Are there taxes in retirement?
Yes. Thanks for coming. Tip your servers. Safe drive home. Good night!
Seriously, many people believe there are no taxes in retirement. It would be wonderful if that were true. However, those who have done a great job with their 401ks and IRAs over the years and are looking at living for decades in retirement, well, they may end up paying more in taxes in retirement.
Now, is it possible to not pay any taxes in retirement? Yes, however, it is difficult and, more importantly, odds are you will be in a worse financial position than if you had just paid some taxes over time. To achieve a no tax retirement you would most likely have to do some combination of IRA to Roth conversion (requires taxes paid at conversion), structure some muni bonds (for a limited period) and hope like hell tax laws do not change down the road. This final point is the big unknown and totally out of your control. Let’s review some of the high points when it comes to a few components that make up your taxes in retirement.
Social Security was initially set up to be tax-free. In 1984 some changes went into effect that made it possible to tax some benefits. Now, if your only source of income in retirement is Social Security, it is entirely tax free. Most people have other sources of income in retirement and the total amount of taxes depends on the cumulative income, which does include Social Security. There are multiple steps to determine how much of your Social Security will be taxed, but you need to start by calculating your provisional income.
Provisional income is your AGI (adjusted gross income), tax-exempt interest and ½ of your Social Security. Your provisional income determines what percentage of your Social Security benefit will be added to your other sources of taxable income. After you have calculated provisional income, you can then start calculating how much of your Social Security is taxed. Clear, right? The IRS does have a form to help you calculate this and it’s only 4 pages in length.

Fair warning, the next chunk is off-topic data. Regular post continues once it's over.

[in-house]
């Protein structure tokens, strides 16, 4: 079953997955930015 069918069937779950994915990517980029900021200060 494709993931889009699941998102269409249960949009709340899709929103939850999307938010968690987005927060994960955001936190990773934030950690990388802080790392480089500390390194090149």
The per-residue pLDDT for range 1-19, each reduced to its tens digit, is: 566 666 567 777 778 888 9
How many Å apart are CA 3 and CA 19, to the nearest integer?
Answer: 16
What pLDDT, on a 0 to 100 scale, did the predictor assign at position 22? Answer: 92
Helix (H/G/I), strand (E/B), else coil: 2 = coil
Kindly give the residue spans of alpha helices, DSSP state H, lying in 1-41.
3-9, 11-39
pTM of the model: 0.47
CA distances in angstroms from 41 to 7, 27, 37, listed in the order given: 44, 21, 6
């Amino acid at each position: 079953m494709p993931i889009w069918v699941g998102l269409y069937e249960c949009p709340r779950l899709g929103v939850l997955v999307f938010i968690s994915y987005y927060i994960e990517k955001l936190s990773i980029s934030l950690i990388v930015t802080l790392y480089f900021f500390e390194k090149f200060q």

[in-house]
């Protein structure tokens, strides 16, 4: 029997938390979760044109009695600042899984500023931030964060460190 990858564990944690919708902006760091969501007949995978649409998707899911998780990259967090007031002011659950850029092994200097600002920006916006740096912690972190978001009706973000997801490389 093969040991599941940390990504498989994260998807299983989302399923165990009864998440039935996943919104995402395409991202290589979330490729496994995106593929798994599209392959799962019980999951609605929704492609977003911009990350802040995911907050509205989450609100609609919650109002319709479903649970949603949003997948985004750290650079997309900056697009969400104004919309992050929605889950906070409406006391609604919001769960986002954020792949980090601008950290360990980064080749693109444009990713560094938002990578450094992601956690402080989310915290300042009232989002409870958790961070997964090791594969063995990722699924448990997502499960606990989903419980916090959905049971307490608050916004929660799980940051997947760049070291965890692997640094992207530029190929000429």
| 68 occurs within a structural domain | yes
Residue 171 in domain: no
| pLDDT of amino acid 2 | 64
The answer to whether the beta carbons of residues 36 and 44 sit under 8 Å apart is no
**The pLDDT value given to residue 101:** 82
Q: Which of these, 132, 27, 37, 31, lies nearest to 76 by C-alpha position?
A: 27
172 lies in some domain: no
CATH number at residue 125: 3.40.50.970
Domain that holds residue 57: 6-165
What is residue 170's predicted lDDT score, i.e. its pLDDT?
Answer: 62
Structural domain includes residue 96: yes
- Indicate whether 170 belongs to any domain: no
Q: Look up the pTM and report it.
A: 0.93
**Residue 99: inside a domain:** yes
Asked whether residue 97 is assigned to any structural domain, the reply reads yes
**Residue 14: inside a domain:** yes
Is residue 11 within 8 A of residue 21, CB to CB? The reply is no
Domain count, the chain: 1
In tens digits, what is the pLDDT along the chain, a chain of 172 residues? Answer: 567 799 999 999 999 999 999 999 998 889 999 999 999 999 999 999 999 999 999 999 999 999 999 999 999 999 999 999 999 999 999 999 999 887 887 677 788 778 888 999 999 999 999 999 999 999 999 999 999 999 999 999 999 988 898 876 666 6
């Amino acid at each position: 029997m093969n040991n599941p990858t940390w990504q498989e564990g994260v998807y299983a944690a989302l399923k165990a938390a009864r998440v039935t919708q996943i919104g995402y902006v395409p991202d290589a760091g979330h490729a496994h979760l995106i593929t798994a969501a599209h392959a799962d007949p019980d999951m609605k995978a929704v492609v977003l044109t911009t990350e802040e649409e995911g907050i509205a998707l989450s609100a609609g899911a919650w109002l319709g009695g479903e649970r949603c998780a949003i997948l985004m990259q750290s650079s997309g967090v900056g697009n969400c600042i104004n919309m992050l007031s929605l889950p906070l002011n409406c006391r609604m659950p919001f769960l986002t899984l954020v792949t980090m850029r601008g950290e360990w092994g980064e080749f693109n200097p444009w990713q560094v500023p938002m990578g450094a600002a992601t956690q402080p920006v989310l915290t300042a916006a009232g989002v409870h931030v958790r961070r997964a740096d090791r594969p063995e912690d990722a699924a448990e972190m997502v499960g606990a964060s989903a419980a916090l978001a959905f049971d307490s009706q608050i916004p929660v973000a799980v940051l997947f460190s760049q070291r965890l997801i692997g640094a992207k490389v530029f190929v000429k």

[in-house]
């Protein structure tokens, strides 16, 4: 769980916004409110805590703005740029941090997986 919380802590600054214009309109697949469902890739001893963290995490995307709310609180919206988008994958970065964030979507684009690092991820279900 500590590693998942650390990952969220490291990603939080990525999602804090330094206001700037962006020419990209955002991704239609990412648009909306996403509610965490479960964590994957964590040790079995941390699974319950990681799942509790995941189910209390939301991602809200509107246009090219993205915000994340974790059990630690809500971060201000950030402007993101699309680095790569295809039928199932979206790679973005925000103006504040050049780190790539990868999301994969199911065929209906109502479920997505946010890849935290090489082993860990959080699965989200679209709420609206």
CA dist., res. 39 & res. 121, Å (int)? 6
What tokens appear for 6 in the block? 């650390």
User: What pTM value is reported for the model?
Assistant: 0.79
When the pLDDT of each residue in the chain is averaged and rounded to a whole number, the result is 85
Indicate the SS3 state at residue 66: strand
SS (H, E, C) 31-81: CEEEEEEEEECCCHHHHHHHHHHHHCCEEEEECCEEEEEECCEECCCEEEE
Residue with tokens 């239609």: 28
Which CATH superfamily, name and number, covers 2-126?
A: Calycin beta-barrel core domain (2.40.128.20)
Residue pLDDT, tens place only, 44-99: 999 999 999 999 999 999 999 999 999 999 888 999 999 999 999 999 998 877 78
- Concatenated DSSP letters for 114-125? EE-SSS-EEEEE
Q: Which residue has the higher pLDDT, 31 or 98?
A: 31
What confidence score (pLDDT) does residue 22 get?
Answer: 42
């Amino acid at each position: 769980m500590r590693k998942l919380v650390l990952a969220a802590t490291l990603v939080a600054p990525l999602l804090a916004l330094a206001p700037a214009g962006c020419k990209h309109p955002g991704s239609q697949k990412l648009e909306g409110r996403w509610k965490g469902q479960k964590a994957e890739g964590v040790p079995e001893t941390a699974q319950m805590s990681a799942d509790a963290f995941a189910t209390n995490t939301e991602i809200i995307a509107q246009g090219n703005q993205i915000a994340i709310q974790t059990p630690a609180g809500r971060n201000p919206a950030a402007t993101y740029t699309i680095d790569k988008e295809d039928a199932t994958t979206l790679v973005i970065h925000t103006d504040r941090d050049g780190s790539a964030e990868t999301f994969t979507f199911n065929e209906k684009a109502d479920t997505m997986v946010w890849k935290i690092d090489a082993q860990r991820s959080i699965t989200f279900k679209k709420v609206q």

RMDs are every retiree’s favorite topic. Required Minimum Distributions have been covered in other articles, however, as a refresher, it is basically when Uncle Sam says while he appreciates you took advantage of tax laws to save for retirement, it is time for him to get his share back. RMDs are calculated by the total value in your IRAs and a handy little divisor provided by an IRS longevity table. Let’s make a simple example where you have $1,000,000 in your IRAs and you are expected to live another 25 years. You divide $1,000,000 by 25 and get $40,000. This is your RMD for that year and you really want to take it, otherwise you have a 50% penalty on it. Once you take your $40,000 out Uncle Sam will tax this as ordinary income. He doesn’t care if you spend the rest, as long as you pay taxes on it. Remember, your divisor decreases every year as you get one year older. Now, you could always do a Roth conversion with that $1,000,000 in IRAs to reduce taxes down the road. However, you had better prepare for a hell of a tax bill when you do a conversion of that amount!
Another element retirees deal with are taxes related to capital gains. This is where you pay taxes, possibly at a reduced rate, on investments that have gone up in value. It also includes real estate. Here is where most people get turned around when it comes to capital gains in retirement. Capital gains are included in your AGI calculation. So, not only could you bump up your tax rate on capital gains payments but also on what you pay in Social Security taxes.
Fun stuff, right? So, taxes do exist in retirement. The best defense to minimize your retirement taxes is to stay proactive and do proper tax planning with your CPA. As we all know, there are only two certainties in life – death and taxes.